• Alexei Navalny, a Russian opposition leader and campaigner against official corruption, was summoned to give testimony in court today in connection with the trial of nationalist Aleksandr Belov (Potkin) who is charged with “creating an extremist organization,” RBC reported, citing TASS.
The case of Belov (whose real last name is Potkin), organizer of the annual nationalist “Russian March” and former head of the Movement Against Illegal Immigration, has been going on for more than a year. Last year, Belov gave a sensational interview to prominent Russian blogger Oleg Kashin, claiming that the Russian Federal Security Service (FSB) decided to arrest him when he refused to collaborate with them in corporate raids and even terrorism and murder in Ukraine
When Belov was originally detained in October 2014, he was accused of involvement in embezzlement of US $5 billion from depositors at the bank; Ablyazov funded a project called “Angry Kazakh” in which Belov was said to be involved.
(The Kazakh opposition has found the cause of Russian nationalists in northern Kazakhstan as well as Kazakh nationalists a useful way to oppose the regime of Nursultan Nazarbayev. Belov was charged with training ethnic Kazakhs).
Navalny testified he had not heard of the Kazakh project. Ivan Morozov, Belov’s lawyer, said the FSB decided to put Navalny on the stand because he was said to have some of the same contact with Kazakh opposition figures as Belov.
Belov is charged with making an “extremist organization” with the purpose of stirring up unrest in Russia and Kazakhstan, said Morozov.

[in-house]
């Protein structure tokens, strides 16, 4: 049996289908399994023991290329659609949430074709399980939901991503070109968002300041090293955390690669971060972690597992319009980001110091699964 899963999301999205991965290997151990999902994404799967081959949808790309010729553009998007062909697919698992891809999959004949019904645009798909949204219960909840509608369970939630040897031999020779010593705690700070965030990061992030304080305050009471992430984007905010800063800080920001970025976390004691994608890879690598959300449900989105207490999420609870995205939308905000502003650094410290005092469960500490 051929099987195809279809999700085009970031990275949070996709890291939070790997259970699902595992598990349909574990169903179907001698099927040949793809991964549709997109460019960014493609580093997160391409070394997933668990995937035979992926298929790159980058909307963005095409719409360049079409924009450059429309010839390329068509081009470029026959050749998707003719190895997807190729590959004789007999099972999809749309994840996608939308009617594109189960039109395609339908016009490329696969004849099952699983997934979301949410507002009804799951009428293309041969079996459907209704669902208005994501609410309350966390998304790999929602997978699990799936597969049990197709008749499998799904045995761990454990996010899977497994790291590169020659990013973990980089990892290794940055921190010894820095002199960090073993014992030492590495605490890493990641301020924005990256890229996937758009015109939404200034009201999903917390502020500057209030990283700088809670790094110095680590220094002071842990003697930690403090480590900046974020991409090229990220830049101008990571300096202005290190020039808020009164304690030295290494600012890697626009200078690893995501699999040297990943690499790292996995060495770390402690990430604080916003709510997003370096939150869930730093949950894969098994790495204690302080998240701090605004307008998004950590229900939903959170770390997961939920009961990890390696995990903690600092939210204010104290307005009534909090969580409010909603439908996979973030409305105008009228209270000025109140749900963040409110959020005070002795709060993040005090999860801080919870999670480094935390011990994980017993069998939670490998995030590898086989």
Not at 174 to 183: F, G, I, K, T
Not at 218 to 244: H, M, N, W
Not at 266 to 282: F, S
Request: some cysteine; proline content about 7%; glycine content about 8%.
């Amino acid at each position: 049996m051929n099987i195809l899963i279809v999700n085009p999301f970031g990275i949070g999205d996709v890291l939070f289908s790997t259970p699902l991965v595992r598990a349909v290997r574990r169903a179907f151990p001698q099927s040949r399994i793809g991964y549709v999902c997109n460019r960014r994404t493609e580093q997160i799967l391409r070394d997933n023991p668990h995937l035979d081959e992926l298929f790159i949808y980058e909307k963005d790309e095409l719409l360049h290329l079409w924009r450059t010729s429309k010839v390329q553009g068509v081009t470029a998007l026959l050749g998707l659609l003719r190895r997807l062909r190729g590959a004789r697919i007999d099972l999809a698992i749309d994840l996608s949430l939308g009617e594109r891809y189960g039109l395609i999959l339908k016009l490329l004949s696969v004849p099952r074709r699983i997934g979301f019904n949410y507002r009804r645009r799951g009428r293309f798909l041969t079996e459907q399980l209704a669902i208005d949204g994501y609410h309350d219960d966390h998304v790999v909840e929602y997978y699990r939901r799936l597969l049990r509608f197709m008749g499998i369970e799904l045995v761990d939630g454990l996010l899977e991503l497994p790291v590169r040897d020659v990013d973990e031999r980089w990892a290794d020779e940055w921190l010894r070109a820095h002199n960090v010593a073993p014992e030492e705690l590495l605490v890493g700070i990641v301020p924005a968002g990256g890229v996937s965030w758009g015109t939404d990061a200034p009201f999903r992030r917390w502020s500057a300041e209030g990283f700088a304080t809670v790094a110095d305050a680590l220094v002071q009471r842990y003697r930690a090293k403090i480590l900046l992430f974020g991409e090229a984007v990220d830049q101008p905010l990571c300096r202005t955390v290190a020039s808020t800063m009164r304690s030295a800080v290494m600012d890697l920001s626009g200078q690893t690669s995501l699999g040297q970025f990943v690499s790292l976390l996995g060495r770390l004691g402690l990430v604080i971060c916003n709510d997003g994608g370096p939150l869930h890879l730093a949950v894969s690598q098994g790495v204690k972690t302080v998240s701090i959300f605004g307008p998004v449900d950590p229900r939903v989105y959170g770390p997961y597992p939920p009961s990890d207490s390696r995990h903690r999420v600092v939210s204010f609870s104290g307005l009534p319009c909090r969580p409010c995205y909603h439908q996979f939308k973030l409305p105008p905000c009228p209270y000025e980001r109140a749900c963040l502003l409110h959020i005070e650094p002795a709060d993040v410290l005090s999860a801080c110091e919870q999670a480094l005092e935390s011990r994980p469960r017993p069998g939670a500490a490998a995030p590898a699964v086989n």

The current investigation is also related to a criminal case opened in 2013 regarding posts he made on social media about Putin, regional officials, and the peoples of the North Caucasus. He was also jailed three days in 2014 for posting a satirical meme with the use of a swastika. At the time he had been organizing a trip by Parnas leader Mikhail Kasyanov to Saratov. In February 2015, Balin was attacked and robbed hear his home.
Balin said he could be arrested for “incitement of hatred” and “denigration of the dignity of state security employees” for a Facebook post July 15, 2015.
These interrogations follow the detention of another regional leader, Yegor Savin, detained July 8 at the Novosibirsk airport and accused of transporting “extremist literature.” He was searched and released.
• The FSB demanded that Ekho Moskvy, often described as “the last independent radio station in Russia,” turn over a list of all its web site editors.
Translation: Ekho Moskvy turned over a list of all the employees of the site at the FSB’s demand.
The FSB asked for the list in connection with the investigation of the publication by political analyst Andrei Piontkovsky about Chechnya, characterized as “extremist.” Piontkovsky was forced to flee Russia last February.
This type of pressure on the opposition and independent press is at odds with a statement Putin made today during a visit of the State Duma (the lower house of parliament), claiming that he welcomed opposition, RBC reported.
“I think that the deputies, and the citizens of the country should be pleased not only at the growing level of competition but of political culture.”
Translation: Putin is prepared to work with all political forces in the new Duma.
He contrasted the State Duma with other parliaments of the world where scandals and even fist-fights break out.
— Catherine A. Fitzpatrick
— Catherine A. Fitzpatrick
Bragin was found to suffer corneal erosion from the assault that may lead to partial or total blindness.
The ruble is trading at 63.44 to the US dollar and 70.48 to the euro. Brent crude is selling for $46.57 a barrel.
The following stories are from 7:40 na Perrone, RBC, Novaya Gazeta, Gazeta, Meduza, Reuters, France24, and Bloomberg
What We’re Reading
— Catherine A. Fitzpatrick